The ancient world has cast a long shadow, influencing our customs and religious beliefs, our laws, and the form of our governments. It has taught us when and how we make war or pursue peace. It has shaped the buildings we live and work in and the art we hang on our walls. It has given us the calendar that organizes our year and has left its mark on the games we play.
Grasping the full scope of your bequest from the ancient world can't help but give you a more nuanced base from which to make decisions and choose pathways in your own life. These 48 lectures take you on a multidisciplinary journey that ranges across not only the traditional domains of politics and war that are normally the province of history courses, but also those of religion, philosophy, architecture and the visual arts, literature, and science, and more.
You'll examine the ancient world's greatest civilizations from the Mediterranean, Asia, and the Americas - including those of Rome, Greece, China, Persia, India, and the Maya - not in isolation but in the full context of where they came from, the cultures that flourished around them at the same time, and the civilizations that were to come from them. Taking a comparative approach, Professor Aldrete's course includes in-depth analyses of not only key individuals and historical moments, but also history's most important themes, from the nature of rulership and the evolution of religion and philosophy to the practice of warfare and the expression of power through art and architecture.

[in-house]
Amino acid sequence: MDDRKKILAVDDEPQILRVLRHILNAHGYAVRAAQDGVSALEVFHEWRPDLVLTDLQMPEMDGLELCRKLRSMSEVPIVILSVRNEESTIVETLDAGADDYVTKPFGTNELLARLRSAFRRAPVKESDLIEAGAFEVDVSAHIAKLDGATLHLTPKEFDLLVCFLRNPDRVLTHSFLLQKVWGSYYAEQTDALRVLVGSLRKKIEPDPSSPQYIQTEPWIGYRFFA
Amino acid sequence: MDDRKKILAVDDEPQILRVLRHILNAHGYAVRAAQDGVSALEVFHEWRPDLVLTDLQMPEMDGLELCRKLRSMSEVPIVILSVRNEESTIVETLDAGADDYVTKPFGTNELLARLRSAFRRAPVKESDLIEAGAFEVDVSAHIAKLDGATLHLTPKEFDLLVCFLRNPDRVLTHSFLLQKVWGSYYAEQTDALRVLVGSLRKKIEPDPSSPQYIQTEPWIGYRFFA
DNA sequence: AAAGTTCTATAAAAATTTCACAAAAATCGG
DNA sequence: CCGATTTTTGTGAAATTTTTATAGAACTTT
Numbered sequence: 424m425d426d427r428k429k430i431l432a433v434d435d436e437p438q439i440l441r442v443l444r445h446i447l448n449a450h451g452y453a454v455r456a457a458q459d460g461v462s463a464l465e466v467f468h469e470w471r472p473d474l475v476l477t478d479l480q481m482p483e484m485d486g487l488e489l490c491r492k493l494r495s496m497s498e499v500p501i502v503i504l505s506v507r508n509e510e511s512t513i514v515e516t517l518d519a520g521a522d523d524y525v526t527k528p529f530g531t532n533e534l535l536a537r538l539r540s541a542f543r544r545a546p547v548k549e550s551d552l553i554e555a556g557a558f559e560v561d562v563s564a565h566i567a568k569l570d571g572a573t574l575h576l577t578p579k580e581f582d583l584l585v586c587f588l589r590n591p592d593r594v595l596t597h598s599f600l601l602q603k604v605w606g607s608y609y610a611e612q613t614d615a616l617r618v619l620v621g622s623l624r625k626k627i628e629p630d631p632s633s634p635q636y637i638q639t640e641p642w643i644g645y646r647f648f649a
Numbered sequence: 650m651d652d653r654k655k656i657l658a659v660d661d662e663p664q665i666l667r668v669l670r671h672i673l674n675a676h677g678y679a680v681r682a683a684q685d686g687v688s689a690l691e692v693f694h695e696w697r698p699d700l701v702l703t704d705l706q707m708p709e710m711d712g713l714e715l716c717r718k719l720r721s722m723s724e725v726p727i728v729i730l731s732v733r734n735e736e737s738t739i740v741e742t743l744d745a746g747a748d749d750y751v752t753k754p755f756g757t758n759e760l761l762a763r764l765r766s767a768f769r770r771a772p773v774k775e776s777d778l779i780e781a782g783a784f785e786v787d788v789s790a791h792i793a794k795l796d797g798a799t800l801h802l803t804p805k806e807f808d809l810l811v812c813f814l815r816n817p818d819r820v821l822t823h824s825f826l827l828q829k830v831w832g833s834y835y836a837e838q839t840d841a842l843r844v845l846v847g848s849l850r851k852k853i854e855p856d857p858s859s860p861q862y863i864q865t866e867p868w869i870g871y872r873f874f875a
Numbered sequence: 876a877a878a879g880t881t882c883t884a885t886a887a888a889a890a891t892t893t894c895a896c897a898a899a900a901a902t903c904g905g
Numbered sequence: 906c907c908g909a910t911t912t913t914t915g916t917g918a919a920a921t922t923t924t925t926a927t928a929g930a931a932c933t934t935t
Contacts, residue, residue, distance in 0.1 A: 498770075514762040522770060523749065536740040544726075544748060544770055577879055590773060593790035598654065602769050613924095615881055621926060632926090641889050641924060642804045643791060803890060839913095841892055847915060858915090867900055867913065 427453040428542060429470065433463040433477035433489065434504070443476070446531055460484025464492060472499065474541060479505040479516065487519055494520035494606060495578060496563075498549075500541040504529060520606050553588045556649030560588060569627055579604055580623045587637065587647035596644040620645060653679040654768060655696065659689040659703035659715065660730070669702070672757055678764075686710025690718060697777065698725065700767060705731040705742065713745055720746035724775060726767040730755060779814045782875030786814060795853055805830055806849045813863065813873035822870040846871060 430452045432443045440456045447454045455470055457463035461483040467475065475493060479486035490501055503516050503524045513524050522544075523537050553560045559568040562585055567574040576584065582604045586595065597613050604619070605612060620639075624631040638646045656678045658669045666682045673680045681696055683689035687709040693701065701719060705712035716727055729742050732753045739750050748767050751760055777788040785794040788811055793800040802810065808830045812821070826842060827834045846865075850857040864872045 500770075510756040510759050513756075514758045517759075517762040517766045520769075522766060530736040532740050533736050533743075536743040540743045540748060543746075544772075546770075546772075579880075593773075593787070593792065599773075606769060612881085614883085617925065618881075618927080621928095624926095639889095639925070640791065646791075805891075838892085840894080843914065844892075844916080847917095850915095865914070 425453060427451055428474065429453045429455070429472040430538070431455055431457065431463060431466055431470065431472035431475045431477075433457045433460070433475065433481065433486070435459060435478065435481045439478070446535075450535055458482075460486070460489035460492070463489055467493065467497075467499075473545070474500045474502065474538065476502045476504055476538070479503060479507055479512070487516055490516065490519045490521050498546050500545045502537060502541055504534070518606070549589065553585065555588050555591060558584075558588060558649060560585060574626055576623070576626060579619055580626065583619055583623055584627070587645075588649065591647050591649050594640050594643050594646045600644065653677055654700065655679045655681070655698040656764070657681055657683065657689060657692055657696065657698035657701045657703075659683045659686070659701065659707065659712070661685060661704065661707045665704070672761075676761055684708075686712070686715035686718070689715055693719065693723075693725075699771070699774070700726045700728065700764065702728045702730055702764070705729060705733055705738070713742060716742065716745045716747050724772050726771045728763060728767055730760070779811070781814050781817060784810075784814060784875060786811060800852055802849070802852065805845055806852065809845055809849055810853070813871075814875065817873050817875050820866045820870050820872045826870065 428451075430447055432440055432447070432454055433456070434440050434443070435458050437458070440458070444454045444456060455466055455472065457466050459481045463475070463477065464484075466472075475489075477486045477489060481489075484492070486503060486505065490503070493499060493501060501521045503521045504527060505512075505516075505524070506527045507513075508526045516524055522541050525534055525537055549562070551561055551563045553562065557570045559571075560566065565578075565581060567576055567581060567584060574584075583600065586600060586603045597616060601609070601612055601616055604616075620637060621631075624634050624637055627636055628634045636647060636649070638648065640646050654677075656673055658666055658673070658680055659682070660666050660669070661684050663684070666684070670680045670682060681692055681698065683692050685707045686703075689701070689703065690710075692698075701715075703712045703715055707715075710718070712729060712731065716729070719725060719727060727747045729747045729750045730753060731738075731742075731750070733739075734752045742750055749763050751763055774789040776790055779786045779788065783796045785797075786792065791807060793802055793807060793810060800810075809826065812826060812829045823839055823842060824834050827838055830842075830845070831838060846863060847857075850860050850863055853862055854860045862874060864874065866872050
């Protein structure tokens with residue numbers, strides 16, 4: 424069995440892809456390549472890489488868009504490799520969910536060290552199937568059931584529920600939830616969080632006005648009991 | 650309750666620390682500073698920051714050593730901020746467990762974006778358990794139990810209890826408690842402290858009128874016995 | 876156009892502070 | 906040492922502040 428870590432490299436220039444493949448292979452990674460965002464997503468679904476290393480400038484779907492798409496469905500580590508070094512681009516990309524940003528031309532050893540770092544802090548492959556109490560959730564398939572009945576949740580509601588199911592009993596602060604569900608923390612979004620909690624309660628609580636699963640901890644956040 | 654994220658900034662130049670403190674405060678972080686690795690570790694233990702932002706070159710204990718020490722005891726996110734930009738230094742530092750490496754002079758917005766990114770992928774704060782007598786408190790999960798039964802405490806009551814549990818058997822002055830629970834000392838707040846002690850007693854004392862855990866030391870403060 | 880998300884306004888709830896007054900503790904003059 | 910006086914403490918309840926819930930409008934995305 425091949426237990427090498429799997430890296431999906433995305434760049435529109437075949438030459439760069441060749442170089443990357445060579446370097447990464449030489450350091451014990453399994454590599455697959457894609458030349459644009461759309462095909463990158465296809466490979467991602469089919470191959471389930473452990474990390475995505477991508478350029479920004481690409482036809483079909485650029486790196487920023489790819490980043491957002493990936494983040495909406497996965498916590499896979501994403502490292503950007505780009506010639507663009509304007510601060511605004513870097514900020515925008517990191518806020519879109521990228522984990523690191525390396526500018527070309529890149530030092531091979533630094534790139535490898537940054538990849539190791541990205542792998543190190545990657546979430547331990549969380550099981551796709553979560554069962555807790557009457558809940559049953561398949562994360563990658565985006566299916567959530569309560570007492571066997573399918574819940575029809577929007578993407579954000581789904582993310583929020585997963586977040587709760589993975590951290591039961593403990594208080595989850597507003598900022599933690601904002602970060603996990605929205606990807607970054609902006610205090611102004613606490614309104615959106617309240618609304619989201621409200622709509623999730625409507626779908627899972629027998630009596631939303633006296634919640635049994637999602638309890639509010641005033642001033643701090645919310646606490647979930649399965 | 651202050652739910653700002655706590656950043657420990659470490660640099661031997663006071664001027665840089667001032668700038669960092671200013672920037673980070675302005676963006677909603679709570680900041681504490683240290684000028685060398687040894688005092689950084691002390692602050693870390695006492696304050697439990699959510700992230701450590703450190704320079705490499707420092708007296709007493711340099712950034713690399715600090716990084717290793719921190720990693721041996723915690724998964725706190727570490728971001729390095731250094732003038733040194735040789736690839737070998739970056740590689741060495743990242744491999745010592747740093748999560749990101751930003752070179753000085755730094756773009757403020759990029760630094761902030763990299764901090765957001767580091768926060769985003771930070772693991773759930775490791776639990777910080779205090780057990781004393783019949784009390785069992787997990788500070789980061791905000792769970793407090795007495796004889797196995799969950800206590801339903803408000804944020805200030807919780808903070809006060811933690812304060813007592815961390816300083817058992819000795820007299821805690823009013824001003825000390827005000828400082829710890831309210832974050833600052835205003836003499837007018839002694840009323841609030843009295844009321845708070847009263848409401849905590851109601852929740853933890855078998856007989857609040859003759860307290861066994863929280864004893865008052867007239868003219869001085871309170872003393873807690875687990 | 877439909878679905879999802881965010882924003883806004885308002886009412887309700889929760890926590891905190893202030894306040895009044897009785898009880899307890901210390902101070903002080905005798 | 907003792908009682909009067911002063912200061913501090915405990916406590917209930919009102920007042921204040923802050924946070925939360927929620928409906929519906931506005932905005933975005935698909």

With its mix of nuanced interpretation, vivid description, and constant attention to exploring history as a coherent whole, this is sure to be one of the most informative and thought-provoking history courses you have ever taken.
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Outstanding - Informative AND Entertaining
Absorbing grand vision, with flawed details
- Gaston Dorren